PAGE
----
PMCID: PMC3565747  PMID: 23303223
cooperation; public goods; pattern formation; self-organization; coevolution
6.  Interdependent network reciprocity in evolutionary games 
Scientific Reports  2013;3:1183.
Besides the structure of interactions within networks, also the interactions between networks are of the outmost importance. We therefore study the outcome of the public goods game on two interdependent networks that are connected by means of a utility function, which determines how payoffs on both networks jointly influence the success of players in each individual network. We show that an unbiased coupling allows the spontaneous emergence of interdependent network reciprocity, which is capable to maintain healthy levels of public cooperation even in extremely adverse conditions. The mechanism, however, requires simultaneous formation of correlated cooperator clusters on both networks. If this does not emerge or if the coordination process is disturbed, network reciprocity fails, resulting in the total collapse of cooperation. Network interdependence can thus be exploited effectively to promote cooperation past the limits imposed by isolated networks, but only if the coordination between the interdependent networks is not disturbed.
PMCID: PMC3560361  PMID: 23378915
7.  Wisdom of groups promotes cooperation in evolutionary social dilemmas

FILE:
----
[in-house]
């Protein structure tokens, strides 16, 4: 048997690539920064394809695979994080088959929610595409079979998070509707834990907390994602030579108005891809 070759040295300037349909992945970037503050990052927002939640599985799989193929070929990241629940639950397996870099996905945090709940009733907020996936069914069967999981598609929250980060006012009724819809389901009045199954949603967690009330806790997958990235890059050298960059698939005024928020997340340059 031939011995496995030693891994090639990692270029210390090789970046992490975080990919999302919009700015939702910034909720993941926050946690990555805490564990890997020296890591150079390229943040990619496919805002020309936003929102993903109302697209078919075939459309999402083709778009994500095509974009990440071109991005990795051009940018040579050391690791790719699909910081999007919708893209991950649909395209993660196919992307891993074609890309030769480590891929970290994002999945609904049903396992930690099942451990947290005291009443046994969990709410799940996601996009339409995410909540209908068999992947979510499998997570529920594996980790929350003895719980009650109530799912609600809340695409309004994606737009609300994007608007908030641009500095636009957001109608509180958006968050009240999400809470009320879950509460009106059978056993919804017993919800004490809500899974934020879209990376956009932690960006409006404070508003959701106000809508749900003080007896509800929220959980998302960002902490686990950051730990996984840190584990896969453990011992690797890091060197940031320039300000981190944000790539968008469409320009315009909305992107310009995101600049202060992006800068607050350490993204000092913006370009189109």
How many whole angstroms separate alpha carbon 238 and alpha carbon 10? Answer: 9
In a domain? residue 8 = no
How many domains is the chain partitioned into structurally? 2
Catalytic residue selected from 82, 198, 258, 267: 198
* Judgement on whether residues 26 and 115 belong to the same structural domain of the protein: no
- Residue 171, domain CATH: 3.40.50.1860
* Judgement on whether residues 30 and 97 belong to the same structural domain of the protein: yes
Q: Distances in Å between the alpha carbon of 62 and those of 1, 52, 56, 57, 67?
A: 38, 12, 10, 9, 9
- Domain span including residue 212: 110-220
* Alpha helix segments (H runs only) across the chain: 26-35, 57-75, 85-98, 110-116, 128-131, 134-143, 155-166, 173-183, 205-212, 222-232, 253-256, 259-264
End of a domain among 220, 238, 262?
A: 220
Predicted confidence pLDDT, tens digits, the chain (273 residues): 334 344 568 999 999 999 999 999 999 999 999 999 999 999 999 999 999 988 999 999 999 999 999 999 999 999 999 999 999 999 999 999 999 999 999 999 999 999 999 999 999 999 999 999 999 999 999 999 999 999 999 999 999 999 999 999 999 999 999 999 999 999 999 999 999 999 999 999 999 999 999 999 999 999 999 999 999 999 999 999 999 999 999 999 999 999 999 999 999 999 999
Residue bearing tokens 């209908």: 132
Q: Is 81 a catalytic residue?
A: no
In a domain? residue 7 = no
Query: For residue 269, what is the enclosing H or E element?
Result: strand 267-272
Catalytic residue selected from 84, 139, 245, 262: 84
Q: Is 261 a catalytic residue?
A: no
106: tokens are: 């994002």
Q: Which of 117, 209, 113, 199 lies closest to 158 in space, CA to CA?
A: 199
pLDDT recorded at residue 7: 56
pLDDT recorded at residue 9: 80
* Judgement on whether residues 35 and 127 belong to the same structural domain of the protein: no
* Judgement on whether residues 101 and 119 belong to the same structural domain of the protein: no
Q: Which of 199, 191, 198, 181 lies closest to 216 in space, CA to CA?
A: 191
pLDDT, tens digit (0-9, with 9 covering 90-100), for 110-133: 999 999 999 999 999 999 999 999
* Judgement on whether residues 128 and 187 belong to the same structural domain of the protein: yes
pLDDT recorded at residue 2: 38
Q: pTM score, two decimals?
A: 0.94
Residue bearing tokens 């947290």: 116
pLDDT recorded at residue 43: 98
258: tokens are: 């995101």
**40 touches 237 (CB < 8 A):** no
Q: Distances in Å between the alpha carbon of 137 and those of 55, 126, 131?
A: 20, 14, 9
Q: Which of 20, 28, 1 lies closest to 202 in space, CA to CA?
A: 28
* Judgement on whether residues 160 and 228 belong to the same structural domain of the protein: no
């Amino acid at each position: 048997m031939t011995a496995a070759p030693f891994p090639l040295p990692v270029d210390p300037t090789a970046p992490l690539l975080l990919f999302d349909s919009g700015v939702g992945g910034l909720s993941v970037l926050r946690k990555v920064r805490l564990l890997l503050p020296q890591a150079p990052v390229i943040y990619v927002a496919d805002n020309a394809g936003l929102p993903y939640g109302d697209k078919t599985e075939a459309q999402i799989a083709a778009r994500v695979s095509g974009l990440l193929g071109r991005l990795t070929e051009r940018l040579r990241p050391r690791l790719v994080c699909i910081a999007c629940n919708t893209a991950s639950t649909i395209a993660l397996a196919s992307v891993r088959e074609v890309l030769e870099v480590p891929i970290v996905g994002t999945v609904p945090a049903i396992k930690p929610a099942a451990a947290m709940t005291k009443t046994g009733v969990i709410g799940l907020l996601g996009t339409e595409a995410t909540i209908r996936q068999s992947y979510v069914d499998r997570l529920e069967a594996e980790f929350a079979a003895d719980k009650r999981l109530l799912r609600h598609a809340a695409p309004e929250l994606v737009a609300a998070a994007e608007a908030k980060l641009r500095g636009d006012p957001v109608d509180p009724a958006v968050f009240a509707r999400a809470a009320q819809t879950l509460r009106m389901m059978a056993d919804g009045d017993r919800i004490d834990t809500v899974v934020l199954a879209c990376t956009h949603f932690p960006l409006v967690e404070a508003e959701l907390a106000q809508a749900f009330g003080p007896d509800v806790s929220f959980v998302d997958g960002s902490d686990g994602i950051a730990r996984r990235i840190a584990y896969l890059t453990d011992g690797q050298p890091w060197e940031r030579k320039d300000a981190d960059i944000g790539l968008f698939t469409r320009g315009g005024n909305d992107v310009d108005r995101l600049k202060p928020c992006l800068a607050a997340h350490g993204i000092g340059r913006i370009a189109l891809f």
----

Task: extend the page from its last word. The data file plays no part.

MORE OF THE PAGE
Scientific Reports  2012;2:576.
Whether or not to change strategy depends not only on the personal success of each individual, but also on the success of others. Using this as motivation, we study the evolution of cooperation in games that describe social dilemmas, where the propensity to adopt a different strategy depends both on individual fitness as well as on the strategies of neighbors. Regardless of whether the evolutionary process is governed by pairwise or group interactions, we show that plugging into the “wisdom of groups” strongly promotes cooperative behavior. The more the wider knowledge is taken into account the more the evolution of defectors is impaired. We explain this by revealing a dynamically decelerated invasion process, by means of which interfaces separating different domains remain smooth and defectors therefore become unable to efficiently invade cooperators. This in turn invigorates spatial reciprocity and establishes decentralized decision making as very beneficial for resolving social dilemmas.
PMCID: PMC3418638  PMID: 22893854
8.  If players are sparse social dilemmas are too: Importance of percolation for evolution of cooperation 
Scientific Reports  2012;2:369.
Spatial reciprocity is a well known tour de force of cooperation promotion. A thorough understanding of the effects of different population densities is therefore crucial. Here we study the evolution of cooperation in social dilemmas on different interaction graphs with a certain fraction of vacant nodes. We find that sparsity may favor the resolution of social dilemmas, especially if the population density is close to the percolation threshold of the underlying graph. Regardless of the type of the governing social dilemma as well as particularities of the interaction graph, we show that under pairwise imitation the percolation threshold is a universal indicator of how dense the occupancy ought to be for cooperation to be optimally promoted. We also demonstrate that myopic updating, due to the lack of efficient spread of information via imitation, renders the reported mechanism dysfunctional, which in turn further strengthens its foundations.